Motto: Life's a Beach and we're just playing in the Sand.
Sup, my name is Gene. I was born in Santa Clara, Ca, but was raised in west Oakland and Daly City. There's not much to me but school, music, and video games. I'm just getting through life like everyone else and hopefully end up somewhere nice. What community is to me is it's a group. A group of people you have a common relation with. There's multiple communities out there and many that you can be part of.
BERNADETTE O. TURINGAN
My name is Bernadette or "Bernee" for short. I was born in San Francisco and raised in South San Francisco. I am 18 years old and when I turned 18, I was fortunate enough to have a Debut which is a coming of age celebration for when a Filipina enters adulthood. I'm on my third semester at Skyline and I'm a Business major. I am one of the youngest of four sisters and both of my parents are from the Philippines. I'm very family oriented so my family are the people I spend the majority of my time with. Growing up, my parents didn't really expose me to much of my own culture which is why I've been taking Kababayan classes for the past three semesters in order to find out more things about myself and the history of my people.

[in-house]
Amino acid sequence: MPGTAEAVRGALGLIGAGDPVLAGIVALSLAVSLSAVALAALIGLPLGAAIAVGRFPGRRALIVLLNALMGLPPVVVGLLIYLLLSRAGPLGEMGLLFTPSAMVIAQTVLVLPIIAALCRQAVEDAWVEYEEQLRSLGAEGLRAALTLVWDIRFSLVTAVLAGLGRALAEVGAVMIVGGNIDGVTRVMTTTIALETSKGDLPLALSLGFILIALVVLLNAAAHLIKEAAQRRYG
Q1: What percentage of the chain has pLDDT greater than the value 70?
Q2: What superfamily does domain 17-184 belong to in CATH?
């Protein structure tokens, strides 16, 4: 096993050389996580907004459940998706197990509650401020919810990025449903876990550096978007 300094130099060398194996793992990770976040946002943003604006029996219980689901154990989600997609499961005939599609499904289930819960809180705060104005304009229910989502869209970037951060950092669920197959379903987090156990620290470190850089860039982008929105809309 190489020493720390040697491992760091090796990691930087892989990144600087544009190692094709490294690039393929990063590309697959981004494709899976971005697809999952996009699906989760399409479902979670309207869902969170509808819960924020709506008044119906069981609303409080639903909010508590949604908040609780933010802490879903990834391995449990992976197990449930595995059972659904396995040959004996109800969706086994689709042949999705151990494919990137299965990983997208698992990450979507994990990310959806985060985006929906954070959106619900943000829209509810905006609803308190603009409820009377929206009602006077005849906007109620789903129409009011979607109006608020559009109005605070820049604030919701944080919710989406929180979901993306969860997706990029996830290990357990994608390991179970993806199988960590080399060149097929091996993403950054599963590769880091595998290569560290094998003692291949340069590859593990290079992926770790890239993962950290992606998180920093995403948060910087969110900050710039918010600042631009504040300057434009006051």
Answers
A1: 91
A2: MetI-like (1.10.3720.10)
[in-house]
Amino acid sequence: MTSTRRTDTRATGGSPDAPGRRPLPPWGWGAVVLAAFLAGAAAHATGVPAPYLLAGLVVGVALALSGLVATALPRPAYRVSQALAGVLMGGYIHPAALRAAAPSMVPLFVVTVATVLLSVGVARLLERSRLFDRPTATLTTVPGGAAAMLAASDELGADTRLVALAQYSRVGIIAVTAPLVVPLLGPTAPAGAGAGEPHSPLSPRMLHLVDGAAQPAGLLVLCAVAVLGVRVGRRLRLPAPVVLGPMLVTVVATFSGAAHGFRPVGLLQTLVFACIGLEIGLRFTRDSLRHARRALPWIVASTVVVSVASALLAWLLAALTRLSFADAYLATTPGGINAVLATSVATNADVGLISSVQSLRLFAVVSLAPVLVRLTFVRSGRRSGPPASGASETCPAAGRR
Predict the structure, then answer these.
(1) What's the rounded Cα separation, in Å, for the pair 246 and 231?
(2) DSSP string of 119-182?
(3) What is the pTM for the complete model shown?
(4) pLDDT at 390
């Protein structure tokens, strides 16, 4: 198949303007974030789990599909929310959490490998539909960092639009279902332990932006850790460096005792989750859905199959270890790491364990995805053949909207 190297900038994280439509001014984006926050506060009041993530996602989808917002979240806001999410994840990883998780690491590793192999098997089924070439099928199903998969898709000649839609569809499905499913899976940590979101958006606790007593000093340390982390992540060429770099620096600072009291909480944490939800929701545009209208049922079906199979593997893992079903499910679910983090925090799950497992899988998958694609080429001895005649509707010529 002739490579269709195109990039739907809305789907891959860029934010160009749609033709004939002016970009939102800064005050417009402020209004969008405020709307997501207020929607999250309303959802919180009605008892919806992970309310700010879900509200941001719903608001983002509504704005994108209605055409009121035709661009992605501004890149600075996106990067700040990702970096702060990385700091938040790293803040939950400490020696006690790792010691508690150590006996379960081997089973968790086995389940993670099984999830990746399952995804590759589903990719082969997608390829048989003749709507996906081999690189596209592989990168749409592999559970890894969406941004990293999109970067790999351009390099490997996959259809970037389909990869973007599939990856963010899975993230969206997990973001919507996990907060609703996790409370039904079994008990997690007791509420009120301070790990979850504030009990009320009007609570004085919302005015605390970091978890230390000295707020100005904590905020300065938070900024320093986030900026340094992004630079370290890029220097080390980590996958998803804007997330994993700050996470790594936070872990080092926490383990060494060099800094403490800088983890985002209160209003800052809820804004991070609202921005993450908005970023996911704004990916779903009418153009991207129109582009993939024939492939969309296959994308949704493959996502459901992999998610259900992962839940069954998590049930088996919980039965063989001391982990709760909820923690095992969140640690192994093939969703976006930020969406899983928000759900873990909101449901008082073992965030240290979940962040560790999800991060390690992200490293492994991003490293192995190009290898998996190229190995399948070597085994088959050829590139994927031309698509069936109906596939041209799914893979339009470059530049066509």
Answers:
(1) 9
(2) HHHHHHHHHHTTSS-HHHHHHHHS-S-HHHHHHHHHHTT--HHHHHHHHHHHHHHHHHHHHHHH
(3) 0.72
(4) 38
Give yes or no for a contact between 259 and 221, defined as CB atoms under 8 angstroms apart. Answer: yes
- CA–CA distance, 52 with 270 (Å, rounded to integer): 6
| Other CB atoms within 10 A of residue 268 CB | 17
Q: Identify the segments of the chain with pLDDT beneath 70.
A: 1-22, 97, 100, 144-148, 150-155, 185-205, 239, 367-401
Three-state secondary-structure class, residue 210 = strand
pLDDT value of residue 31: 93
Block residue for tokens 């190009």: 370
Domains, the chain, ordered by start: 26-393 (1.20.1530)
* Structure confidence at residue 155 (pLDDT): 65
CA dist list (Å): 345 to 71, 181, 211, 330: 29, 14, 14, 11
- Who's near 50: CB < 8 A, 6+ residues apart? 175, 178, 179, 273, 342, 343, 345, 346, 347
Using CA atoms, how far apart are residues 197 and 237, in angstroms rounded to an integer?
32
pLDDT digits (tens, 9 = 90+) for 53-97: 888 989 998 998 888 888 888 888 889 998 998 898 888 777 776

Community to me is almost like family. It's people who accept each other's similarities and differences and help each other where they see fit. They are the ones you can always go to who will push you in order to achieve something greater than you imagined.